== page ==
E-cigarette flavors such as menthol and tobacco will not be banned based on recommendations from New York Health Commissioner Howard Zucker, as cigarette smokers often rely on e-cigarettes to wean off cigarettes when "nothing else" has worked, Cuomo said.
The governor said New York's top health official would convene an emergency meeting with the state's public health council this week, to ban the products.
"We will review today's announcement as we strongly agree with the need for aggressive category-wide action on flavored products", said spokesman Austin Finan. "At the same time, unscrupulous stores are knowingly selling vaping products to underage youth - those retailers are now on notice that we are ramping up enforcement and they will be caught and prosecuted", he added.
"Names like, "Bubblegum", "Cotton Candy", "Captain Crunch", Cuomo said, "these are obviously targeted to young people and highly effective at targeting young people". "These regulations will help curb this risky trend and will further safeguard the health of all New Yorkers, especially among underage youths", New York State Department of Health Commissioner Dr. Howard Zucker said.
At least six confirmed deaths have been connected to vaping across the USA - in addition to more than 450 cases of reported lung issues. The council can issue emergency regulations that could go into effect within two weeks. "At a minimum, it is addicting young people to nicotine at a very early age".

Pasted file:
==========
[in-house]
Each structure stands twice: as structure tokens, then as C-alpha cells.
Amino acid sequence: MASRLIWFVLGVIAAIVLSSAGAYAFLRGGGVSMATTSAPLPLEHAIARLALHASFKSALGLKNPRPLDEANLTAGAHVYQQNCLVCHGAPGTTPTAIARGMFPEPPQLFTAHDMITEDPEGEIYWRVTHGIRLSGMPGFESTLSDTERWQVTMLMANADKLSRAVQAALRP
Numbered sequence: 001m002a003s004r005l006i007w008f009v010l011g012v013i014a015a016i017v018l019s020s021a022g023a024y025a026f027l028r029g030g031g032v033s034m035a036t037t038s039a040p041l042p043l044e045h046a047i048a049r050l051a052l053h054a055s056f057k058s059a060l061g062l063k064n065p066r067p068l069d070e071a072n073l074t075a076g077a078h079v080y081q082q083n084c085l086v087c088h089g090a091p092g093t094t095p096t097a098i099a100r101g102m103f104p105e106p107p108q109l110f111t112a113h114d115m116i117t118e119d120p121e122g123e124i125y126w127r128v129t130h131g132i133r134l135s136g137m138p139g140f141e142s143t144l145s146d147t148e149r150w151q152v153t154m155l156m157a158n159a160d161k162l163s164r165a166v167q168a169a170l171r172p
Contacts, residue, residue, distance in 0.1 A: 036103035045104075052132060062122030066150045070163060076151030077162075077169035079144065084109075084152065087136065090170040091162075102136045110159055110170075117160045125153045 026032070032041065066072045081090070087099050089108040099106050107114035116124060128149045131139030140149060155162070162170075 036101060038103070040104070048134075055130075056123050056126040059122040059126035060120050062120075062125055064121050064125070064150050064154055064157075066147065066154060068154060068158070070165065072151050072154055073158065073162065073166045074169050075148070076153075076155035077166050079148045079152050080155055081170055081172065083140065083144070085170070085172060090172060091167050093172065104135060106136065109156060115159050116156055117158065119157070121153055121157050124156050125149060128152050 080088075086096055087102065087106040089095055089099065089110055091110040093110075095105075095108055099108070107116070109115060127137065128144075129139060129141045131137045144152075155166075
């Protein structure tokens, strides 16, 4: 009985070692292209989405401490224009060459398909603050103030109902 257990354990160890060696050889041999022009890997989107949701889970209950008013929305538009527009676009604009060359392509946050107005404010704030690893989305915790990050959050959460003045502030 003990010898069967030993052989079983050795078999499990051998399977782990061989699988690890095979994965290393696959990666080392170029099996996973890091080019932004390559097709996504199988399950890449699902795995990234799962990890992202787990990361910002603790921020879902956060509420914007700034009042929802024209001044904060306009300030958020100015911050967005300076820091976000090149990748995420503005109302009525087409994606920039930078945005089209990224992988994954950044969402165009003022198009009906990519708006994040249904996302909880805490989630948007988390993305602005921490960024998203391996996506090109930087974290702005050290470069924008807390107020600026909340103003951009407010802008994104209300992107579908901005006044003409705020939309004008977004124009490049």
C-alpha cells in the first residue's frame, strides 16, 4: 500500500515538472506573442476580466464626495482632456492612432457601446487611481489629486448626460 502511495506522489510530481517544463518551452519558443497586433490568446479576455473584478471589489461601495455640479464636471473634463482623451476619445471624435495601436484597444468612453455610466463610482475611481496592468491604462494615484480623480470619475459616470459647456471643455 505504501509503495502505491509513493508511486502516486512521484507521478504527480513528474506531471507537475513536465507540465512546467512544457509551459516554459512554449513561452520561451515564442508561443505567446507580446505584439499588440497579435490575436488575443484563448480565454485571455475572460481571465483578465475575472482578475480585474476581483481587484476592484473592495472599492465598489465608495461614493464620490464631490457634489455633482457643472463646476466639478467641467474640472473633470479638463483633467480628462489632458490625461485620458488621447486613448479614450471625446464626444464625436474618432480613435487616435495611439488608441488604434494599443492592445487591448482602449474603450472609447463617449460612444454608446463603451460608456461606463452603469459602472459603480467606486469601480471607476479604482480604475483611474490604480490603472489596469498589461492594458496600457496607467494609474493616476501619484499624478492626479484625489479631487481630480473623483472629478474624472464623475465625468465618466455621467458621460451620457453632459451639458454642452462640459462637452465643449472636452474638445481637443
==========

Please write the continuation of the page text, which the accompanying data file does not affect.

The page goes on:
He said he worries New York's potential regulations will drive more vapers to the black market and/or online vendors - where he notes that merchants can't see their customers while checking their ages.More news: Energy dept 'closely monitoring' fallout from Saudi attack
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"I'm not relying or waiting on the federal government", said Cuomo. NY has always been a leader in reducing tobacco use.
Health officials haven't pinned down the exact cause of the illnesses or one particular product.
Cuomo said many vaping flavours - including bubblegum and cotton candy - appear meant to appeal to younger smokers. Yet his press release also says "these efforts follow a series of actions taken by the Governor aimed at addressing the growing use of vaping products, which have come under national scrutiny following a rising number of cases of vaping-associated respiratory illnesses". They have said people should avoid inhaling vitamin E acetate, an ingredient found in some vaping products.
According to data from the state health department, almost 40 per cent of high school seniors and 27 per cent of high school students overall in the state use e-cigarettes.
Other states are expected to consider their own restrictions on e-cigarettes. High school use went from 10.5 per cent in 2014 to 27.4 per cent in 2018.
"E-cigarettes have been implicated as a key indicator in the upward trend of the use of tobacco products among youths in recent years".